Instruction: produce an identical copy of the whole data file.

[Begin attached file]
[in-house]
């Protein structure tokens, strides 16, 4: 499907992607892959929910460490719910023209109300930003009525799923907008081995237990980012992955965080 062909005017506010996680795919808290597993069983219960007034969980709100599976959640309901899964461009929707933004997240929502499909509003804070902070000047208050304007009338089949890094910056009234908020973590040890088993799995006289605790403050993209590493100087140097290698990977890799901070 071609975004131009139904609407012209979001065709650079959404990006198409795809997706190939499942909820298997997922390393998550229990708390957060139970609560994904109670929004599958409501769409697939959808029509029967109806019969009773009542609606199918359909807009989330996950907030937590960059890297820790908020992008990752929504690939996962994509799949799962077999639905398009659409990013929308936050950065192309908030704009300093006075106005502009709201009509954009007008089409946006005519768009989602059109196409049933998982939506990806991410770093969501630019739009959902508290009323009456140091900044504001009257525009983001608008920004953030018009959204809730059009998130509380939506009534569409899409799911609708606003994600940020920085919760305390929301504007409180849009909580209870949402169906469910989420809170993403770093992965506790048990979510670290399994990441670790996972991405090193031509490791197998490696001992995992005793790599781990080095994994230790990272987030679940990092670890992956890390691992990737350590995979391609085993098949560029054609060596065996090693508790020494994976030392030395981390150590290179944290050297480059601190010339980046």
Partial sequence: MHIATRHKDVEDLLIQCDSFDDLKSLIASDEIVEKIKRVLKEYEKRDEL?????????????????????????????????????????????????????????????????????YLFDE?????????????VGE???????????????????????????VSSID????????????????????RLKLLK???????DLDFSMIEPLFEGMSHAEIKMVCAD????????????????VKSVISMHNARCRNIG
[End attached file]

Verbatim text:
[in-house]
């Protein structure tokens, strides 16, 4: 499907992607892959929910460490719910023209109300930003009525799923907008081995237990980012992955965080 062909005017506010996680795919808290597993069983219960007034969980709100599976959640309901899964461009929707933004997240929502499909509003804070902070000047208050304007009338089949890094910056009234908020973590040890088993799995006289605790403050993209590493100087140097290698990977890799901070 071609975004131009139904609407012209979001065709650079959404990006198409795809997706190939499942909820298997997922390393998550229990708390957060139970609560994904109670929004599958409501769409697939959808029509029967109806019969009773009542609606199918359909807009989330996950907030937590960059890297820790908020992008990752929504690939996962994509799949799962077999639905398009659409990013929308936050950065192309908030704009300093006075106005502009709201009509954009007008089409946006005519768009989602059109196409049933998982939506990806991410770093969501630019739009959902508290009323009456140091900044504001009257525009983001608008920004953030018009959204809730059009998130509380939506009534569409899409799911609708606003994600940020920085919760305390929301504007409180849009909580209870949402169906469910989420809170993403770093992965506790048990979510670290399994990441670790996972991405090193031509490791197998490696001992995992005793790599781990080095994994230790990272987030679940990092670890992956890390691992990737350590995979391609085993098949560029054609060596065996090693508790020494994976030392030395981390150590290179944290050297480059601190010339980046």
Partial sequence: MHIATRHKDVEDLLIQCDSFDDLKSLIASDEIVEKIKRVLKEYEKRDEL?????????????????????????????????????????????????????????????????????YLFDE?????????????VGE???????????????????????????VSSID????????????????????RLKLLK???????DLDFSMIEPLFEGMSHAEIKMVCAD????????????????VKSVISMHNARCRNIG